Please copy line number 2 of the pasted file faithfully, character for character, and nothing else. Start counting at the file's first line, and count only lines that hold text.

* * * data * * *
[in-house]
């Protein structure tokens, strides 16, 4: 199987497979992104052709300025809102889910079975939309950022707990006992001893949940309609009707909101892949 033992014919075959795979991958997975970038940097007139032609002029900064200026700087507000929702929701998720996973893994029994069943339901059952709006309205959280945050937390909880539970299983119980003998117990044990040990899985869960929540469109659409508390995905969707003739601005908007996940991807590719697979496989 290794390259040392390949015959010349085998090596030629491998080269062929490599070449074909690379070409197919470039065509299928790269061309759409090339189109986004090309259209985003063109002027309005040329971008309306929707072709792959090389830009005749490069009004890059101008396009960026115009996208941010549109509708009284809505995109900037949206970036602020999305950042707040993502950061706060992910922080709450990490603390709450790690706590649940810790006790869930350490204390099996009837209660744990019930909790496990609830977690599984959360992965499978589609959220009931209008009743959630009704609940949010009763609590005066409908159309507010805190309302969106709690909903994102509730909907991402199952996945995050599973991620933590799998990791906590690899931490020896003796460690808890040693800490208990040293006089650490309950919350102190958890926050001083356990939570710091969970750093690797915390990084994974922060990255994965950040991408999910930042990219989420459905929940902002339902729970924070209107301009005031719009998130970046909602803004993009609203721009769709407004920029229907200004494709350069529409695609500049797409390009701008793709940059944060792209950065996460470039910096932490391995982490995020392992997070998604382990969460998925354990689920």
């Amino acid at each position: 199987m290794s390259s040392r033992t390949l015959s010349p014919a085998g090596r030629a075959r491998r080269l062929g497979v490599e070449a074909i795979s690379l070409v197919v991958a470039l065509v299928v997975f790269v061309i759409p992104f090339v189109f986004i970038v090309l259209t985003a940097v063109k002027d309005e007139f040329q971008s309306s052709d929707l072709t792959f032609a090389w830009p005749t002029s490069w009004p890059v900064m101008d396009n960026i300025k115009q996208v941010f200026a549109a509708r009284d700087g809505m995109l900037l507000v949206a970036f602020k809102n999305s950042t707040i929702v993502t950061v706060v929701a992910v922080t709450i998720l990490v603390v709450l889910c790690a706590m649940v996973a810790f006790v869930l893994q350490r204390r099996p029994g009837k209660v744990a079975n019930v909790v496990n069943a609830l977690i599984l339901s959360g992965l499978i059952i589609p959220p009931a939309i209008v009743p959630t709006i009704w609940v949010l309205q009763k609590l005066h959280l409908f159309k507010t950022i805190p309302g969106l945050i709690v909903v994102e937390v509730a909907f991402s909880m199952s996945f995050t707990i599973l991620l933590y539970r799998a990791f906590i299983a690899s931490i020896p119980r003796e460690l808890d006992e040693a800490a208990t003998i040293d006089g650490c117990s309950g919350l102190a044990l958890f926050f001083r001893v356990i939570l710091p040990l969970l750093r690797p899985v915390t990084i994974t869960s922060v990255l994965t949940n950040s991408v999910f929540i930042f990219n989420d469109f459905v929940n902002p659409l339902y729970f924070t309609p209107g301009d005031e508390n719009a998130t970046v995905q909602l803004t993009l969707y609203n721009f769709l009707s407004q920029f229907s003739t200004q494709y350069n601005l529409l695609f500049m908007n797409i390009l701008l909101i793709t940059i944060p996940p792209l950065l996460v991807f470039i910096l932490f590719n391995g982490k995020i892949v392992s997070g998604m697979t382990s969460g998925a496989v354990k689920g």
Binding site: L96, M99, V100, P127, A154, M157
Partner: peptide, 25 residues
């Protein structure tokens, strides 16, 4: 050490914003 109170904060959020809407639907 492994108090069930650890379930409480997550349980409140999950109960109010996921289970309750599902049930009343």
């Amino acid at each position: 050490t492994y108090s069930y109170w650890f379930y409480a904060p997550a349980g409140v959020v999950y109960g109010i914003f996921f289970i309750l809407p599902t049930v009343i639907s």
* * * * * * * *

């Protein structure tokens, strides 16, 4: 199987497979992104052709300025809102889910079975939309950022707990006992001893949940309609009707909101892949 033992014919075959795979991958997975970038940097007139032609002029900064200026700087507000929702929701998720996973893994029994069943339901059952709006309205959280945050937390909880539970299983119980003998117990044990040990899985869960929540469109659409508390995905969707003739601005908007996940991807590719697979496989 290794390259040392390949015959010349085998090596030629491998080269062929490599070449074909690379070409197919470039065509299928790269061309759409090339189109986004090309259209985003063109002027309005040329971008309306929707072709792959090389830009005749490069009004890059101008396009960026115009996208941010549109509708009284809505995109900037949206970036602020999305950042707040993502950061706060992910922080709450990490603390709450790690706590649940810790006790869930350490204390099996009837209660744990019930909790496990609830977690599984959360992965499978589609959220009931209008009743959630009704609940949010009763609590005066409908159309507010805190309302969106709690909903994102509730909907991402199952996945995050599973991620933590799998990791906590690899931490020896003796460690808890040693800490208990040293006089650490309950919350102190958890926050001083356990939570710091969970750093690797915390990084994974922060990255994965950040991408999910930042990219989420459905929940902002339902729970924070209107301009005031719009998130970046909602803004993009609203721009769709407004920029229907200004494709350069529409695609500049797409390009701008793709940059944060792209950065996460470039910096932490391995982490995020392992997070998604382990969460998925354990689920």